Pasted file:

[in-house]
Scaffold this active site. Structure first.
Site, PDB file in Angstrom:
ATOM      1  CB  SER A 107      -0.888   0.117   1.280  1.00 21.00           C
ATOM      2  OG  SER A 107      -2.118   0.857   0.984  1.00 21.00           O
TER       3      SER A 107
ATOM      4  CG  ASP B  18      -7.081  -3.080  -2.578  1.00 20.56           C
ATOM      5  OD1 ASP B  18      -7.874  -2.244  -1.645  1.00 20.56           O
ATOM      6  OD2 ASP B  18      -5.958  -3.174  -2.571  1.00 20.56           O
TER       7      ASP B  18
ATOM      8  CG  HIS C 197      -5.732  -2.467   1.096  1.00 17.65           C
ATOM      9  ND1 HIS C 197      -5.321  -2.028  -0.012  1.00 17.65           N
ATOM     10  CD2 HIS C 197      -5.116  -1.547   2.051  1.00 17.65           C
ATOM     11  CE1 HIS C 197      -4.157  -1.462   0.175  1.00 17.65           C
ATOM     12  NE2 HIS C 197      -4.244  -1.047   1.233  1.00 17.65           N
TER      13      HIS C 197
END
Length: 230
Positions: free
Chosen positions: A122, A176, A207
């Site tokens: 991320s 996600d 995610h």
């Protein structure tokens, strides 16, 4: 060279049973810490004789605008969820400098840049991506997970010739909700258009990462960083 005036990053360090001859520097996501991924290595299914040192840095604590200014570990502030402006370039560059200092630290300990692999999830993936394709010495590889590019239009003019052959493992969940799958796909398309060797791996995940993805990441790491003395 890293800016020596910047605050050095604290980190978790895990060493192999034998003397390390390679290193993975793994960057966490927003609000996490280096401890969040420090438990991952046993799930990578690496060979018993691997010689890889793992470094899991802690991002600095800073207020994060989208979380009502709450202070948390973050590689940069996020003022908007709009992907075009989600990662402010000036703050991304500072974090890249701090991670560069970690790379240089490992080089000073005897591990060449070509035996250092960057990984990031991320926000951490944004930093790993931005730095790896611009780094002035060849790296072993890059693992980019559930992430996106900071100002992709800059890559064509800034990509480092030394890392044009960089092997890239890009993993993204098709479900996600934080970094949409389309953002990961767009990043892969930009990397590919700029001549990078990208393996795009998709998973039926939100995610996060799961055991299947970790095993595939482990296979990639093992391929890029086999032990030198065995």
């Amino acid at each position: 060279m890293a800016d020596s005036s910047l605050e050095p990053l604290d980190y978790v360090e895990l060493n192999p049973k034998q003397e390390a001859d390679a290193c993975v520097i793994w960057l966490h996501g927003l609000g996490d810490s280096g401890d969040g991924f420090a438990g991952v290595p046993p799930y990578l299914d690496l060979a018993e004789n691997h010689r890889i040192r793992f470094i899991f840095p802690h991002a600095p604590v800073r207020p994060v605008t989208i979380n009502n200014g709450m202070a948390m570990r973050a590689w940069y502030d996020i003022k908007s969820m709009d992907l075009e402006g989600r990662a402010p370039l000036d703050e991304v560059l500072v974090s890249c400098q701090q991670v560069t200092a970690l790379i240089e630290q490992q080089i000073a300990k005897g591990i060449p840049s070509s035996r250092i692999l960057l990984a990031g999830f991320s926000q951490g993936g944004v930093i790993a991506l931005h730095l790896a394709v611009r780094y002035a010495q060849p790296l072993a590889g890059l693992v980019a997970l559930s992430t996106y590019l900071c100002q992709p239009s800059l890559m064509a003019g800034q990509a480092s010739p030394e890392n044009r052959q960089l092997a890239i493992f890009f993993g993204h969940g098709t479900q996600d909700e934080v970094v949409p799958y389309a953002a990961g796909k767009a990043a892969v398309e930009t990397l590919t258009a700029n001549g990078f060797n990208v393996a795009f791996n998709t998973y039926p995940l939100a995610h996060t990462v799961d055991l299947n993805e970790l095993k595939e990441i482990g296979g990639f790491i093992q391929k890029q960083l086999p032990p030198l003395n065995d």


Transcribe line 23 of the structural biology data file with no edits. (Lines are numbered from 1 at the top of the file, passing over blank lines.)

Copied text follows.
């Amino acid at each position: 060279m890293a800016d020596s005036s910047l605050e050095p990053l604290d980190y978790v360090e895990l060493n192999p049973k034998q003397e390390a001859d390679a290193c993975v520097i793994w960057l966490h996501g927003l609000g996490d810490s280096g401890d969040g991924f420090a438990g991952v290595p046993p799930y990578l299914d690496l060979a018993e004789n691997h010689r890889i040192r793992f470094i899991f840095p802690h991002a600095p604590v800073r207020p994060v605008t989208i979380n009502n200014g709450m202070a948390m570990r973050a590689w940069y502030d996020i003022k908007s969820m709009d992907l075009e402006g989600r990662a402010p370039l000036d703050e991304v560059l500072v974090s890249c400098q701090q991670v560069t200092a970690l790379i240089e630290q490992q080089i000073a300990k005897g591990i060449p840049s070509s035996r250092i692999l960057l990984a990031g999830f991320s926000q951490g993936g944004v930093i790993a991506l931005h730095l790896a394709v611009r780094y002035a010495q060849p790296l072993a590889g890059l693992v980019a997970l559930s992430t996106y590019l900071c100002q992709p239009s800059l890559m064509a003019g800034q990509a480092s010739p030394e890392n044009r052959q960089l092997a890239i493992f890009f993993g993204h969940g098709t479900q996600d909700e934080v970094v949409p799958y389309a953002a990961g796909k767009a990043a892969v398309e930009t990397l590919t258009a700029n001549g990078f060797n990208v393996a795009f791996n998709t998973y039926p995940l939100a995610h996060t990462v799961d055991l299947n993805e970790l095993k595939e990441i482990g296979g990639f790491i093992q391929k890029q960083l086999p032990p030198l003395n065995d």